Researchers from Intezer reported that the IPStorm botnet has evolved to infect other operating systems, including Android, Linux, and Mac devices.
The IPStorm botnet was first uncovered in May 2019 while targeting Windows systems, not experts from Intezer reported that the bot evolved to infect other platforms, including Android, Linux, and Mac devices.
IPStorm botnet continues to infect systems across the world, its size passed from around 3,000 infected systems in May 2019 to more than 13,500 devices this month.
The name IPStorm is the abbreviation of InterPlanetary Storm that came from the InterPlanetary File System (IPFS), which is a peer-to-peer protocol used by the bot for communications with the intent to obscure the malicious traffic.
The bot was written in the Go programming language, it was initially designed to compromise Windows systems only. In June security firms Bitdefender and Barracuda discovered new IPStorm versions that are able to target also Android, Linux, and Mac.
The experts from both security firms reported that IPStorm was infecting Android systems with ADB (Android Debug Bridge) port exposed online.
The bot was also targeting Linux and Mac devices performs dictionary attacks against SSH services to guess their username and passwords.
Once a connection is established, the malware will check the presence of a honeypot by comparing the hostname of the attacked server to the string “svr04”, which is the default hostname of Cowrie SSH honeypot.
“The Linux variant has additional features over the documented Windows version, such as using SSH brute-force as a means to spread to additional victims and fraudulent network activity abusing Steam gaming and advertising platforms.” reads the Intezer’s report. “The Linux variant has adjusted some features in order to account for the fundamental differences that exist between this operating system and Windows.”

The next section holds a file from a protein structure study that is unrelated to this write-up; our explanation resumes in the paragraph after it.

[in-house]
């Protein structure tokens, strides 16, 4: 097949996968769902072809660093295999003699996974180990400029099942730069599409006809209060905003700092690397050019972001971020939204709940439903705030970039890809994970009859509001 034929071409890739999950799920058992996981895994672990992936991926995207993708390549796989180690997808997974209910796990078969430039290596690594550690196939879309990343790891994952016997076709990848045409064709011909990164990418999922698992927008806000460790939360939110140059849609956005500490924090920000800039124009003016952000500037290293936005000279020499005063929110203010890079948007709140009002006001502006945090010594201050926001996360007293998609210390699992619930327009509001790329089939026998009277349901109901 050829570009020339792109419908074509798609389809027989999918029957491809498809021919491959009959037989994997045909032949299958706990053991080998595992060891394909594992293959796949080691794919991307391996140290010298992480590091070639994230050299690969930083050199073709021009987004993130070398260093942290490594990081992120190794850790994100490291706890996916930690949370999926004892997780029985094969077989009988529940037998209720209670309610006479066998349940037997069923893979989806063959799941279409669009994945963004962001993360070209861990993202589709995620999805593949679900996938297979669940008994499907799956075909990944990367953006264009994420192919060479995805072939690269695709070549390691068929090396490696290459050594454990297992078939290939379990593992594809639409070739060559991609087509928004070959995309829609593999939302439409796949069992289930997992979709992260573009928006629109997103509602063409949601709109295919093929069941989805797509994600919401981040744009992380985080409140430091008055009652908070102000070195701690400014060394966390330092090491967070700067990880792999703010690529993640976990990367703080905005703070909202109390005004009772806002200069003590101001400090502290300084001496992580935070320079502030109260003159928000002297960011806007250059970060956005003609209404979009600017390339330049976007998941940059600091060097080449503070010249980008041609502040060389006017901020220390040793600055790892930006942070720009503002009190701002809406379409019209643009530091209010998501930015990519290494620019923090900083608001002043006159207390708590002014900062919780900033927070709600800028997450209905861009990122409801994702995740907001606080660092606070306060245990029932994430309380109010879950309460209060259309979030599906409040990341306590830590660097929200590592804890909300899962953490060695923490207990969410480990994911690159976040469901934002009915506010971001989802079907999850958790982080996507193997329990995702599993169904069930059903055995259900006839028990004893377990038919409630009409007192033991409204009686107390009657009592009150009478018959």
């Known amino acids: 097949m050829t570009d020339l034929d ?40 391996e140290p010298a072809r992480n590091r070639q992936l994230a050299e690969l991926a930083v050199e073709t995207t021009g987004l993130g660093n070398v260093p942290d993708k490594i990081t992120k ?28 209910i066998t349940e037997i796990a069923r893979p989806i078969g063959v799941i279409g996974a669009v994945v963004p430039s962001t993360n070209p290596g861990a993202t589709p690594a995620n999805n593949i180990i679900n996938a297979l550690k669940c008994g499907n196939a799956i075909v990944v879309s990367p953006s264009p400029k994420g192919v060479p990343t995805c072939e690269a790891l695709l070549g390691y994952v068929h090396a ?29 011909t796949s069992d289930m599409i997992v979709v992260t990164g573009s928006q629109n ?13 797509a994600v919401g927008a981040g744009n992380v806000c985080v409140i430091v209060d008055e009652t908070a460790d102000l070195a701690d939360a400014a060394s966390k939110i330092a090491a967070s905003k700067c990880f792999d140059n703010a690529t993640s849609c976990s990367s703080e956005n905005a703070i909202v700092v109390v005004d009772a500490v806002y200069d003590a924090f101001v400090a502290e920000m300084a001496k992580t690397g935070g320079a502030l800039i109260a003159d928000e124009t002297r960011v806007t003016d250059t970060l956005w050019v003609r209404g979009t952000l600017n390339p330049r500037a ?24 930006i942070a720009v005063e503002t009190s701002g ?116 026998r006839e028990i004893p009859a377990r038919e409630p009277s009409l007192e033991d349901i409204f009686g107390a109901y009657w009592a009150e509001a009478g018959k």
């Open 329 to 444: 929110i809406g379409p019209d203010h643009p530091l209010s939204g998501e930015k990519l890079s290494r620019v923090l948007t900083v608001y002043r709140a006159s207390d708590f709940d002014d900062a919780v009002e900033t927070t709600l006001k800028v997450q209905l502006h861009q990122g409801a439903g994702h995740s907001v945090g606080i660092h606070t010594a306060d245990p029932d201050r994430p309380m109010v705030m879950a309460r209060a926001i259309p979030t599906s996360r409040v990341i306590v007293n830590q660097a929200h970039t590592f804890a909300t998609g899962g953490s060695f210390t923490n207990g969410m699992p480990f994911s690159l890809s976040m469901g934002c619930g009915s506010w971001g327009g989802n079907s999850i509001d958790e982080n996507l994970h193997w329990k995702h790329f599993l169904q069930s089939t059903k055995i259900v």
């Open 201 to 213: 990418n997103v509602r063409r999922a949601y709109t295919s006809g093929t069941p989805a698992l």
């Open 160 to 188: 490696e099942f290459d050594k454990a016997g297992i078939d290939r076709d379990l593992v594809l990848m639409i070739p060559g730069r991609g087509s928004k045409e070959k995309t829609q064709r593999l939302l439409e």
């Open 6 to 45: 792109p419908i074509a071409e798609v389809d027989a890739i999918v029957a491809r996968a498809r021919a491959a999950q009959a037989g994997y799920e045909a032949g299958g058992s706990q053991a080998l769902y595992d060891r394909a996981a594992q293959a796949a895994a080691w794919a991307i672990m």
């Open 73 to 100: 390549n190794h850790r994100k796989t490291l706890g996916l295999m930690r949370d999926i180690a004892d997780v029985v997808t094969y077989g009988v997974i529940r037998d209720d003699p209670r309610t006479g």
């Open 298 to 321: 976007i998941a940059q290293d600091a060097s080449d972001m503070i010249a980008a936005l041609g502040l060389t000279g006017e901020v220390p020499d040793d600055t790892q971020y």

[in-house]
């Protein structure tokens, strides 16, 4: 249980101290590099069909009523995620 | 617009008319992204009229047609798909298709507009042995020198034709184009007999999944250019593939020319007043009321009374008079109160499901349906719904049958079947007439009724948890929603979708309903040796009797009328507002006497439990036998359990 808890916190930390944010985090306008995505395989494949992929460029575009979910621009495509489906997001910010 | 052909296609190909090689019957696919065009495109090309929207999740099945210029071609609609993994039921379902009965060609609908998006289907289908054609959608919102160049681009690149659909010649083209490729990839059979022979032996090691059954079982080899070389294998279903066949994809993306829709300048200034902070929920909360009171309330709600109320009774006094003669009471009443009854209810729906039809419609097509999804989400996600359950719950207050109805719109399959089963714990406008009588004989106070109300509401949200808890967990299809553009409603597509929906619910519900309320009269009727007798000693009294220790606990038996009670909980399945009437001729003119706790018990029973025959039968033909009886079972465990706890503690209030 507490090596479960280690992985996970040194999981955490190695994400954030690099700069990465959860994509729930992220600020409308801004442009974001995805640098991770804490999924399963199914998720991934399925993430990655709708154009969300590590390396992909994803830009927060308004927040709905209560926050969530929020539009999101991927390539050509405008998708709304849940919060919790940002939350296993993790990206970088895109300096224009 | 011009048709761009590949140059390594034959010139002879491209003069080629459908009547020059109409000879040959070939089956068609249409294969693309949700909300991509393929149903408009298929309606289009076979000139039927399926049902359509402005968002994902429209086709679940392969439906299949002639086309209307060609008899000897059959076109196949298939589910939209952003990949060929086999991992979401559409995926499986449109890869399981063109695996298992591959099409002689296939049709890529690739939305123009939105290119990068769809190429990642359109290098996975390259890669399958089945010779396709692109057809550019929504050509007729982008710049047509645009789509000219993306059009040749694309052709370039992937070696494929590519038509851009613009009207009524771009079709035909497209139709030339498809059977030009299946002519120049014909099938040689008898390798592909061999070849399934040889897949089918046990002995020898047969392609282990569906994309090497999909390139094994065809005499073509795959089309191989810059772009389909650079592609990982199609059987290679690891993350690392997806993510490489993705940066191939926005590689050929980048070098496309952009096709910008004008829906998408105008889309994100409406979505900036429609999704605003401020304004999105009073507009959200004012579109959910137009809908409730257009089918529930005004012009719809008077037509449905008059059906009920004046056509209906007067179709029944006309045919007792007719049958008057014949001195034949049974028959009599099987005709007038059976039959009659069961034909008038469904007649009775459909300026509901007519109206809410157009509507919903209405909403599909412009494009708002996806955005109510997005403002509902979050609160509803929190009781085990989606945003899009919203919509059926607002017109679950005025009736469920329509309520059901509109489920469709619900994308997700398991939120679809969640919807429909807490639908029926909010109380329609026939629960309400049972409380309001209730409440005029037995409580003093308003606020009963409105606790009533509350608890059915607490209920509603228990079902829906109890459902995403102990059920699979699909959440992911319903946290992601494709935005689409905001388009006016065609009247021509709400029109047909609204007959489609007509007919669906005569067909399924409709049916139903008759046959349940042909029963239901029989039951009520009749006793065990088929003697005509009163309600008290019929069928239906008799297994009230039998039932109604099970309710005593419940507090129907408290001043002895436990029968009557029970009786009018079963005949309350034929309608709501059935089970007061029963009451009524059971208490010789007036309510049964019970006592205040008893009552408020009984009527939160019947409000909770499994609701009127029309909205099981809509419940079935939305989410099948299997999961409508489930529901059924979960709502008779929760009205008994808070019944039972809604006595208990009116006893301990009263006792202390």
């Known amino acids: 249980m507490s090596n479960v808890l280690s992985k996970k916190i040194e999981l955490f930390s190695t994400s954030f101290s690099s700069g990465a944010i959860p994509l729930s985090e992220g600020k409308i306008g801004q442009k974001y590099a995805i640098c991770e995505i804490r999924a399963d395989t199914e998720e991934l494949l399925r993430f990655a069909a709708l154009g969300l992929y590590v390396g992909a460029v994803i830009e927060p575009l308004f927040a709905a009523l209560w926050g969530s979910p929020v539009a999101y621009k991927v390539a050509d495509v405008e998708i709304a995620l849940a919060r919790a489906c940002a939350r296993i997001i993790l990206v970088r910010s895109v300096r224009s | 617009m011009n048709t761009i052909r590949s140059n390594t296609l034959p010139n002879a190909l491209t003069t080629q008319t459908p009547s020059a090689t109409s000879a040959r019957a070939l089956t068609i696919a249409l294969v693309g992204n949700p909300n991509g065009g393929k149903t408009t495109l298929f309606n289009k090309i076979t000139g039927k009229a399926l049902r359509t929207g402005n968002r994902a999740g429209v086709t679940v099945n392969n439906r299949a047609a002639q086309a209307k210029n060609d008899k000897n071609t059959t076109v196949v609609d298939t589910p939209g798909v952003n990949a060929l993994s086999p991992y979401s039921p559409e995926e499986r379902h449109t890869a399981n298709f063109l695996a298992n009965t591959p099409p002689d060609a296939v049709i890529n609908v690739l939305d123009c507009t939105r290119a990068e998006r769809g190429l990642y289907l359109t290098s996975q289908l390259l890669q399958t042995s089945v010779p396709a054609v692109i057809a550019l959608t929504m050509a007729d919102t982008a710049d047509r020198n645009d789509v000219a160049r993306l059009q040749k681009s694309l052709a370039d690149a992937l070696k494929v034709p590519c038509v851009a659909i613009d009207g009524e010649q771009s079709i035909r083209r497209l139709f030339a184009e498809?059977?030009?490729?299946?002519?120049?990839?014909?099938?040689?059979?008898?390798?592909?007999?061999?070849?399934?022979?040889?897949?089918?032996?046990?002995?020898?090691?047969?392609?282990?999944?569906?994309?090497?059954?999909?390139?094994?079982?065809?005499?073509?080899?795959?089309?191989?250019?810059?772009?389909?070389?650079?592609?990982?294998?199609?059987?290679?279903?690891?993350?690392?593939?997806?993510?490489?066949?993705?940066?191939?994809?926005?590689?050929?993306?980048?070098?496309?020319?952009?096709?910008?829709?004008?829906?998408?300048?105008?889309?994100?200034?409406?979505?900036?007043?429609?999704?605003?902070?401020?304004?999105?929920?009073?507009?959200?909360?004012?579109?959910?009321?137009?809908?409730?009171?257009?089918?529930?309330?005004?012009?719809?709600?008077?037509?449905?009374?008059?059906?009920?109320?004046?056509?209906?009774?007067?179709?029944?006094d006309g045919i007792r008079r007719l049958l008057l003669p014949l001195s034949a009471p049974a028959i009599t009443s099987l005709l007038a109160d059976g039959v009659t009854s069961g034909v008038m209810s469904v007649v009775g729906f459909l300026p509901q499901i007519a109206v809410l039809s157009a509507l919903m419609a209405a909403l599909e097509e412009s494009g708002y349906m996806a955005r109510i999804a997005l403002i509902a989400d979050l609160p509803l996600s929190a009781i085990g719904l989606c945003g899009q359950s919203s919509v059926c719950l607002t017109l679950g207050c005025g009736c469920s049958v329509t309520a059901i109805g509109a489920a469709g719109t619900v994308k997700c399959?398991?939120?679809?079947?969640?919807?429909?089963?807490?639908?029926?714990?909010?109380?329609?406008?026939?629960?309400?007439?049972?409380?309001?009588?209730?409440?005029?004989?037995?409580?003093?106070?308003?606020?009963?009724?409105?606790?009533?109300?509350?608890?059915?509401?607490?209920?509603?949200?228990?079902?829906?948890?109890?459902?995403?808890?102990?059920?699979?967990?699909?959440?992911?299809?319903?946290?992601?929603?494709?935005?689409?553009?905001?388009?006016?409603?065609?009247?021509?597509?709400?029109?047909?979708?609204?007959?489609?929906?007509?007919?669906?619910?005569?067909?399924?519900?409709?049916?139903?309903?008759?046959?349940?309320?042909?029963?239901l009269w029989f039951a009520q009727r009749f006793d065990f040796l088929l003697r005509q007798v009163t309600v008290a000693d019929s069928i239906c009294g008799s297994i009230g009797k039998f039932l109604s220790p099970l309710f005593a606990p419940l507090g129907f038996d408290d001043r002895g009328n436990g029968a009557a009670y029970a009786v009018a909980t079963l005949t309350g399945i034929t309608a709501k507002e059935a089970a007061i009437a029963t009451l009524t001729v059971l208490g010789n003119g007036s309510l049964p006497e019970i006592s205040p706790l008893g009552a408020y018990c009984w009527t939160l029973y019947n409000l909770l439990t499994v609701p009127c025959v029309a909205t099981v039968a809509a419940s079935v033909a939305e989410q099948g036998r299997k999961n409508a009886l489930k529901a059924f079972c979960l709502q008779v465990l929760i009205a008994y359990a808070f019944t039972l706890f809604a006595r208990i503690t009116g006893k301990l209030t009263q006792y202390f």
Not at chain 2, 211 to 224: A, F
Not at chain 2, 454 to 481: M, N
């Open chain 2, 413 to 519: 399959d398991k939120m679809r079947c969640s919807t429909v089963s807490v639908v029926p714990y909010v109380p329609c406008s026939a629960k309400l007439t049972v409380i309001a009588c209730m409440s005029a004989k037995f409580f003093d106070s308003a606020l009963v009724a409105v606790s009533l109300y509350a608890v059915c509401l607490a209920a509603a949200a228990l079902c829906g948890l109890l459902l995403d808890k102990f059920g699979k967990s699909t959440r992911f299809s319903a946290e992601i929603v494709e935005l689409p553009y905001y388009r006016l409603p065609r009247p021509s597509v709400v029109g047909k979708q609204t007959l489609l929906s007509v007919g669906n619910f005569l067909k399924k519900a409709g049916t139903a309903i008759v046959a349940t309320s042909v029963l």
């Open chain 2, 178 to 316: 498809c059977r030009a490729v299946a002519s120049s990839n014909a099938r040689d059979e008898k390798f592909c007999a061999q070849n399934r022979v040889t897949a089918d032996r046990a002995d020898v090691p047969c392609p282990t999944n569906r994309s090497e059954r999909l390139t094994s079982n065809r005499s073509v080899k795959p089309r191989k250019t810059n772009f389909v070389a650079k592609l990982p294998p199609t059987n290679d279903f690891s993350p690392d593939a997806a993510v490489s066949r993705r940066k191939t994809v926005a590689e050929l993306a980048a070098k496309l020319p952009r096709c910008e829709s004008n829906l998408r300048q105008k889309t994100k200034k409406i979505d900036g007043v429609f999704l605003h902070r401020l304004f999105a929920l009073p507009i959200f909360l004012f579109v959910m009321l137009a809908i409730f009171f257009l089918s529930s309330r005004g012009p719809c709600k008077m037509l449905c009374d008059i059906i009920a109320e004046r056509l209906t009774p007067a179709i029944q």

The IPStorm bot also kills a list of processes that could potentially interfere with its operations.
Experts noticed that IPStorm versions for both Linux and Windows systems implement a reverse shell mechanism.
“The Windows variant has a package called powershell which contains functions for achieving reverse shell. The same package is present in the Linux variant but it contains only one function: storm_powershell__ptr_Backend_StartProcess. The function is used to get a reverse shell on the infected system.” continues the analysis.
Curiously, until now, the researchers have not seen the IPStorm operators doing malicious activities, such as performing DDoS attacks or relaying malicious traffic.
“Platforms that are compromised by IPStorm are not only exposed to a backdoor to their services but are also added to the IPStorm Botnet which attempts to spread to other victims.” concludes Intezer. “The attackers behind IPStorm are very active evidenced by the frequent release of updated versions with new features and improvements, as well as the expansion to several different platforms and architectures.”
(SecurityAffairs – IPStorm)